Research: Brits streaming 2 working days a week
May 12, 2021
Almost one in five (19 per cent) Brits now spend over 16 hours – or the equivalent of two working days – watching streaming services every week, yet a quarter (25 per cent) aren’t prepared to pay for the privilege, according to findings from digital advertising technology company The Trade Desk’s latest report, The Future of TV, which reveals a growing reluctance amongst UK consumers to part with their pennies, despite almost six in ten (58 per cent) claiming they’re watching more streaming or catch-up content since the pandemic began.
With prices for the most popular services rising in the UK, streaming giants are under pressure to give consumers what they really want. When asked to name their price, just two in ten (21 per cent) Brits would be willing to spend more than £20 (€23.30) a month on streaming services – a third less than in April 2020. In fact, nearly half (48 per cent) wouldn’t spend more than £10 on streaming, limiting them to just one subscription-funded service from a market of many.
The findings show that Brits’ appetite for advertising is growing in line with their hunger for content, with four in ten (40 per cent) stating that they would prefer a subsidised streaming service, partially offset by ads. But streamers must be careful to protect consumers’ viewing experience, as consumers expect ads to be delivered seamlessly, with 45 per cent preferring fewer ad breaks and 22 per cent stating they would like to see TV ads that are more tailored to their interests.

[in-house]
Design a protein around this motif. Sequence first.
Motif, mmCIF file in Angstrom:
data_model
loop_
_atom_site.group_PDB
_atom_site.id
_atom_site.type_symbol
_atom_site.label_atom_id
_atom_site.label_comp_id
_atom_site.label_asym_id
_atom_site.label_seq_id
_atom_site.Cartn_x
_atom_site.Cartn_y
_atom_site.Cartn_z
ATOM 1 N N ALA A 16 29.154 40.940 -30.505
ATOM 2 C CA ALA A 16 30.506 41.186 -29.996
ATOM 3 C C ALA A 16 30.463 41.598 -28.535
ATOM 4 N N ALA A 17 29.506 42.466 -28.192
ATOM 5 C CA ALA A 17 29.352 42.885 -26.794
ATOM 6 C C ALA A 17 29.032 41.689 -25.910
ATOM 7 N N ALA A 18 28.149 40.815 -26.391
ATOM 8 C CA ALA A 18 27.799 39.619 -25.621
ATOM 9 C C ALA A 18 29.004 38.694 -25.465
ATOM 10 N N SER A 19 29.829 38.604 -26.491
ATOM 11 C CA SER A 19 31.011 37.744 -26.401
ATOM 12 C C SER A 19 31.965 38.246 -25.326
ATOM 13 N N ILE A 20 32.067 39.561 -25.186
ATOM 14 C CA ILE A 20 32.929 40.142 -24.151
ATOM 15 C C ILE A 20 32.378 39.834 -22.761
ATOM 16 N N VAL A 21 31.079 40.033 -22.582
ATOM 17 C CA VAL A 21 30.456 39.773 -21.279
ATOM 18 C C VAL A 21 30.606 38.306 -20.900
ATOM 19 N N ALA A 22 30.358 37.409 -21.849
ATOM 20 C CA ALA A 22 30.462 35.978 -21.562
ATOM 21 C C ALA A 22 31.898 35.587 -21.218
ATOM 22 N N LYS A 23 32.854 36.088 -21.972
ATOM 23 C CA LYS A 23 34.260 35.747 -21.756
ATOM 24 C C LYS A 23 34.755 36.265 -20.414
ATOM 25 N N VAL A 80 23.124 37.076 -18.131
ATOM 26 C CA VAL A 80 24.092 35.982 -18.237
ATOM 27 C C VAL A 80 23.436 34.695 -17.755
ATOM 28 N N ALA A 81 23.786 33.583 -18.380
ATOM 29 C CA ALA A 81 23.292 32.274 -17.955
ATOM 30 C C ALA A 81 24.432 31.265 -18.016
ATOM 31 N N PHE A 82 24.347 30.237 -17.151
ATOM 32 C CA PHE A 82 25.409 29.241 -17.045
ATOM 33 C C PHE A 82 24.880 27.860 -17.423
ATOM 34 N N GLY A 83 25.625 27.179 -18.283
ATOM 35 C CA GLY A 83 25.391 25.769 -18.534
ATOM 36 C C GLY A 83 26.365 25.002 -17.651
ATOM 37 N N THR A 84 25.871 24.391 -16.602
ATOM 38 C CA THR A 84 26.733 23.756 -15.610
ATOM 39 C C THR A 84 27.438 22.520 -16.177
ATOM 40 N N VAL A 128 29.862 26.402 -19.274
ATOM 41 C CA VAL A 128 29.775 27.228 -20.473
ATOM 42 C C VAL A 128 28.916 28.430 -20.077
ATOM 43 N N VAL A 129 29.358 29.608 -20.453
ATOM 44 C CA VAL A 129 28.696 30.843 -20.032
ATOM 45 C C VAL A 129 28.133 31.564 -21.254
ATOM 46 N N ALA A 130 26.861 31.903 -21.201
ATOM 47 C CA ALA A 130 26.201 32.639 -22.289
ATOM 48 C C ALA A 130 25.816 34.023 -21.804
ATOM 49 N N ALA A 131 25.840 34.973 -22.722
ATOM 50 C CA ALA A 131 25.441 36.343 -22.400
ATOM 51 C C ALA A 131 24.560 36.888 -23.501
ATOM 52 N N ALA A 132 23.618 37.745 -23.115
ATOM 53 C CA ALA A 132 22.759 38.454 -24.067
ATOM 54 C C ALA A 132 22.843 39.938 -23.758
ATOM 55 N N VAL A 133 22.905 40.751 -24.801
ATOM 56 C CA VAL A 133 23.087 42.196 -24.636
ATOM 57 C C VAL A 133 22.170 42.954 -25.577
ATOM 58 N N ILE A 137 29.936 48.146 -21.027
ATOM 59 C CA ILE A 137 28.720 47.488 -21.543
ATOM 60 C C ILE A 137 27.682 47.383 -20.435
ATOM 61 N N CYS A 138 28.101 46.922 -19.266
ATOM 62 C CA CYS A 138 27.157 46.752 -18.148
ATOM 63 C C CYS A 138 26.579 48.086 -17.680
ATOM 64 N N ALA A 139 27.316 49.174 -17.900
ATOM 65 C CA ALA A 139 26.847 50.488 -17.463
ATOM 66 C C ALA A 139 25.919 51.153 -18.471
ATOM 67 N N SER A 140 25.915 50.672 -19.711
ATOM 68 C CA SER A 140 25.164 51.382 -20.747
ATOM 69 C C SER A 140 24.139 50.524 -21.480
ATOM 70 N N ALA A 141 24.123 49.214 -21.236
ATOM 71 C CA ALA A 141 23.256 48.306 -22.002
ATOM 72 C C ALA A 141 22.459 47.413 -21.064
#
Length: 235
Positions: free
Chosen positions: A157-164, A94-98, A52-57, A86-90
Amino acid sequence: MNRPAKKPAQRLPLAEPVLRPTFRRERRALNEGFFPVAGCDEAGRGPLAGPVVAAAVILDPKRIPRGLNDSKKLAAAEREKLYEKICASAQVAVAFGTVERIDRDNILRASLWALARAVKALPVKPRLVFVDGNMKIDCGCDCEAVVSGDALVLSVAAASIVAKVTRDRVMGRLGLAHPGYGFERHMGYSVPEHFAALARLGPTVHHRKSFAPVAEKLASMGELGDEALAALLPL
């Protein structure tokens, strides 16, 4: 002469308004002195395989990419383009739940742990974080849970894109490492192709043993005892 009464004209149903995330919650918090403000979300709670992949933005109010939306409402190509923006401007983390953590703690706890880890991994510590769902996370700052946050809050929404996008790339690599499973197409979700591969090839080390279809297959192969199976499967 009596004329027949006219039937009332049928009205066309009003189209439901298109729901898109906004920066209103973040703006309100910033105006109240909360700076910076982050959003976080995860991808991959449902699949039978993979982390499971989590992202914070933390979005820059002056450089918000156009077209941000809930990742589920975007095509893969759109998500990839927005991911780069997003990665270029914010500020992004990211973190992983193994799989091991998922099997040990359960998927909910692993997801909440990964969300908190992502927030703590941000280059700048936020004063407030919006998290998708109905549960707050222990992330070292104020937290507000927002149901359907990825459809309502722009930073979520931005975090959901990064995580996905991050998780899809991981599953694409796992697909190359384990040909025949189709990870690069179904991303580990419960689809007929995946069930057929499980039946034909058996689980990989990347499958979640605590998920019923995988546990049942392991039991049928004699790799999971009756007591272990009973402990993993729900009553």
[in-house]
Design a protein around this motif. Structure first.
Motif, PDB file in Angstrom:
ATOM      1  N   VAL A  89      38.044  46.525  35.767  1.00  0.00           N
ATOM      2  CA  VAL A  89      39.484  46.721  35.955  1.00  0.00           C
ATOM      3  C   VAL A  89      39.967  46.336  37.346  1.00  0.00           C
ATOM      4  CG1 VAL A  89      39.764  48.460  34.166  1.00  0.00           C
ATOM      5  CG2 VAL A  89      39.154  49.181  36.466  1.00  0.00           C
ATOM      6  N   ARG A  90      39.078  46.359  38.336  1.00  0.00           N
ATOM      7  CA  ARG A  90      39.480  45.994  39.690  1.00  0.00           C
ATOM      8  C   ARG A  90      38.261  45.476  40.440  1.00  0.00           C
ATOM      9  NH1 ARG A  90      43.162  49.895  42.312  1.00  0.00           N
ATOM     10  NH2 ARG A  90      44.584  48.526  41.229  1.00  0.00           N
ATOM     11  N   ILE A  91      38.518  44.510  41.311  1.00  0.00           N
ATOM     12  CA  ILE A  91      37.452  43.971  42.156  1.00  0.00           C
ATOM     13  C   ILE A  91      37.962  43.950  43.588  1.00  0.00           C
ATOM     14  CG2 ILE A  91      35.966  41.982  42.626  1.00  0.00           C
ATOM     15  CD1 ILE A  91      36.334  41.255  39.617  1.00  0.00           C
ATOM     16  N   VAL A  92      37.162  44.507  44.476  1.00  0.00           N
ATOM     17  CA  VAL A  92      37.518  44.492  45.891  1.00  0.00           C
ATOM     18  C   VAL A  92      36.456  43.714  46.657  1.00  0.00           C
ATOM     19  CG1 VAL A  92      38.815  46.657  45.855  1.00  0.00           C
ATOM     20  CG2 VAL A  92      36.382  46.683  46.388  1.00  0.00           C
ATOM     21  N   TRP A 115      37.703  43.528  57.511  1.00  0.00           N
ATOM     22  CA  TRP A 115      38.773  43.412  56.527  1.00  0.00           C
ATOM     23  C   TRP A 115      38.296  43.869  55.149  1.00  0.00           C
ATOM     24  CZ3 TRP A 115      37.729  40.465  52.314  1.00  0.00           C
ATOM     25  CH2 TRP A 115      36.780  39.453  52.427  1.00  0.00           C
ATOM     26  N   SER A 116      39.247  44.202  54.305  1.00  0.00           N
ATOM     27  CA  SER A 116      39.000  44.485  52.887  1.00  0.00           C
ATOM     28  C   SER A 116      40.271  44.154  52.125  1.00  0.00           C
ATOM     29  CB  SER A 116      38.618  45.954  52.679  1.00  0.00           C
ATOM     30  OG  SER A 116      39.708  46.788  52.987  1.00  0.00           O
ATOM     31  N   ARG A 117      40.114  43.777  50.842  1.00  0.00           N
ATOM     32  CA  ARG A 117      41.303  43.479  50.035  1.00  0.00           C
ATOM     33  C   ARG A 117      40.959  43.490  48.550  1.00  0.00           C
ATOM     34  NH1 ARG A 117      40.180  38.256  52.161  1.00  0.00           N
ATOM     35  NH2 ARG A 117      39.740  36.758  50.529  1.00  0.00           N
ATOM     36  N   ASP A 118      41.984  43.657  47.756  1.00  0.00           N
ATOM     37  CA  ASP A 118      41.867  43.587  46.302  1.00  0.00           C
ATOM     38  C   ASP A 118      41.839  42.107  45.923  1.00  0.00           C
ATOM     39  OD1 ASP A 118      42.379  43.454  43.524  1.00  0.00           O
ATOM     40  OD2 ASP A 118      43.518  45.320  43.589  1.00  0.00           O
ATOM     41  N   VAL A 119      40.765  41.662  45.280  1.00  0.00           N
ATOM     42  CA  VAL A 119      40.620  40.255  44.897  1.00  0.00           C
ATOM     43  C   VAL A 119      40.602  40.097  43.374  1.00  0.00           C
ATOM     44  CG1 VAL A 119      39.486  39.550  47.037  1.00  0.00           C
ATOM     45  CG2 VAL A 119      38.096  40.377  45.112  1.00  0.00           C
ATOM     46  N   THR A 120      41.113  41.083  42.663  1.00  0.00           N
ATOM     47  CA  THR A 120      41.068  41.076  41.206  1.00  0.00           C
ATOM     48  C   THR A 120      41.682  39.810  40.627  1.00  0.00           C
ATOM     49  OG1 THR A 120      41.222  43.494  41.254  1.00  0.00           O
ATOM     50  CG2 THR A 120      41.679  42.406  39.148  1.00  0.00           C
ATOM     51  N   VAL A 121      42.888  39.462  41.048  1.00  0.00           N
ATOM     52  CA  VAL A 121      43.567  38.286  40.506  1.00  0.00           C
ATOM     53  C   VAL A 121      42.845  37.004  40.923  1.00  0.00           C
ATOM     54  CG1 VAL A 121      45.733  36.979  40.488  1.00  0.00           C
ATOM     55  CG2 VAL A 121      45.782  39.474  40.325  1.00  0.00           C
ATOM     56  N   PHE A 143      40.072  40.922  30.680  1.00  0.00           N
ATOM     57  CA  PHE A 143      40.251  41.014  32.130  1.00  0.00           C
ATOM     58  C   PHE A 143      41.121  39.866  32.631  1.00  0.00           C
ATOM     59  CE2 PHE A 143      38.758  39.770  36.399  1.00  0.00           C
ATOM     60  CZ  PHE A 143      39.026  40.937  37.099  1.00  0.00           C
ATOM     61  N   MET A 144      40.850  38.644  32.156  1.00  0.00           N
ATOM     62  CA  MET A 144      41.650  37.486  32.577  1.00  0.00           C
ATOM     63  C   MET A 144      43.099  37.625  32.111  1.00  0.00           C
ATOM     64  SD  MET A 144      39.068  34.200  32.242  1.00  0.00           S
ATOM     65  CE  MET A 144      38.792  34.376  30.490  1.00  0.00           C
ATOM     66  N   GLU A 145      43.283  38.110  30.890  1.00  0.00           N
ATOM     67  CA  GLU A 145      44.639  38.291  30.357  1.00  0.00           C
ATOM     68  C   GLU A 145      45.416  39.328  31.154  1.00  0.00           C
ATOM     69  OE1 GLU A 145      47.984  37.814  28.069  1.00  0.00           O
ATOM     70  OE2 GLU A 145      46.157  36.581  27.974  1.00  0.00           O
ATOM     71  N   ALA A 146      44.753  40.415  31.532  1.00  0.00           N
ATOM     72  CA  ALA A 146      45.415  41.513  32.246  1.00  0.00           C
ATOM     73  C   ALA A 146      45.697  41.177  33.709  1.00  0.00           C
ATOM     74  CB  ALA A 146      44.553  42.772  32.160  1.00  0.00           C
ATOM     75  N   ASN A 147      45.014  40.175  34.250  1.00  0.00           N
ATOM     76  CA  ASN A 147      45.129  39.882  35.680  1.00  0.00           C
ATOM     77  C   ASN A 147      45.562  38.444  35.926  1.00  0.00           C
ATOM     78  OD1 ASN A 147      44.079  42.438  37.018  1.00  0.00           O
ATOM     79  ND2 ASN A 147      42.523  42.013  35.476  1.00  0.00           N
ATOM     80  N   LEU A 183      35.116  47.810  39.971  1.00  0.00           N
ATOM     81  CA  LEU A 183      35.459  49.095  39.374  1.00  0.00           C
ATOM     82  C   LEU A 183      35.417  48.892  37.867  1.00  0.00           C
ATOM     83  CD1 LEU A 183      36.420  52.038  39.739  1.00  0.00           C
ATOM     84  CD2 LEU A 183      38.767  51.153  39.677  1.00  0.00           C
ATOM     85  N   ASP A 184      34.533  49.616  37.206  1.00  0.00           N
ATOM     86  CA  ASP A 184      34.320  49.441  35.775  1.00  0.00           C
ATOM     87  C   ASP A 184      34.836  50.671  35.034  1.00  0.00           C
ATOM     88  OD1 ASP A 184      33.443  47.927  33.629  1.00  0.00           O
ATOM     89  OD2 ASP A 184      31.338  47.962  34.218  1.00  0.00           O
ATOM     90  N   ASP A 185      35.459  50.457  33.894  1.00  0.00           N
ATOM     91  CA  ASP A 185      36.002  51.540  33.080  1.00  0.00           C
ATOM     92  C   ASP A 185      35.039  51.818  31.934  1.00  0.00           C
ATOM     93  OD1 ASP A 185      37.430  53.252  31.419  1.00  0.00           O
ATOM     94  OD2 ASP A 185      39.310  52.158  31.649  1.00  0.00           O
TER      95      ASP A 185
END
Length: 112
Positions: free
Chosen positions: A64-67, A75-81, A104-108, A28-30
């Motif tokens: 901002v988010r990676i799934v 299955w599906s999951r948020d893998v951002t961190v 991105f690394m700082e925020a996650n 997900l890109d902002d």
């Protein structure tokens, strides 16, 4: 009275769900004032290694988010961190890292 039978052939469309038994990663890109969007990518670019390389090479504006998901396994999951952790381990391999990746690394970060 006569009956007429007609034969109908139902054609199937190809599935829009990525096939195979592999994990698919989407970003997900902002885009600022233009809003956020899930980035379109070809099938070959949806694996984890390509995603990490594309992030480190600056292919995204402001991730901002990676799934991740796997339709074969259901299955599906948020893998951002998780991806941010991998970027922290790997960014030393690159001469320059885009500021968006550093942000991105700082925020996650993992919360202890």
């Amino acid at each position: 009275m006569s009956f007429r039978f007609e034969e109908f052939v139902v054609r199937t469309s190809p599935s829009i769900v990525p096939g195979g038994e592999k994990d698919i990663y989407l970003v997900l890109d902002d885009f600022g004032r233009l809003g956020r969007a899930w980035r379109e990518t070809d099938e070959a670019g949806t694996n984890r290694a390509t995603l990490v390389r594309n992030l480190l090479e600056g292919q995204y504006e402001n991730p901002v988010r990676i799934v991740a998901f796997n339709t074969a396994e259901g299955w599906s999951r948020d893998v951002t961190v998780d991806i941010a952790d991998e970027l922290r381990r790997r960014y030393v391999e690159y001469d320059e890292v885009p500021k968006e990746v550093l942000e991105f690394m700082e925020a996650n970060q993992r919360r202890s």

“TV consumption is only growing but, as our research shows, the subscription-based model adopted by many providers today is fast-approaching its shelf life,” notes Phil Duffield, UK Vice President of The Trade Desk. “Appetite clearly exists for ad-subsidised streaming services, provided the quality of the ad experience improves – which it will, with the smart application of data and technology to ensure that only the most relevant ads are served. Now, it’s time for content providers and brands to lean in and embrace the huge programmatic potential of this exciting, high impact channel.”
UK consumers know what they want when it comes to devices too, with the majority (93 per cent) preferring to tune in via the big screen. Perhaps because of this, a quarter of Brits ended up watching a show they didn’t want because it was the only thing they and their partner or housemate could agree on.
It’s no surprise then that eyeballs aren’t always fixed on one screen, with half of respondents admitting that they turn to their phone during an ad break. But this is more often the case with traditional linear TV than streaming, particularly amongst young people – with 38 per cent of 18–34 year olds saying they are more distracted by their mobile devices when watching traditional linear TV than streaming.
“Although streaming services tend to attract more engaged audiences than traditional linear TV, advertisers still need to work hard to cut through the many distractions and hold viewers’ attention,” suggests Duffield. “That means, using real-time insights to better ensure the right ads are shown to the right people – something that’s only possible through Connected TV.”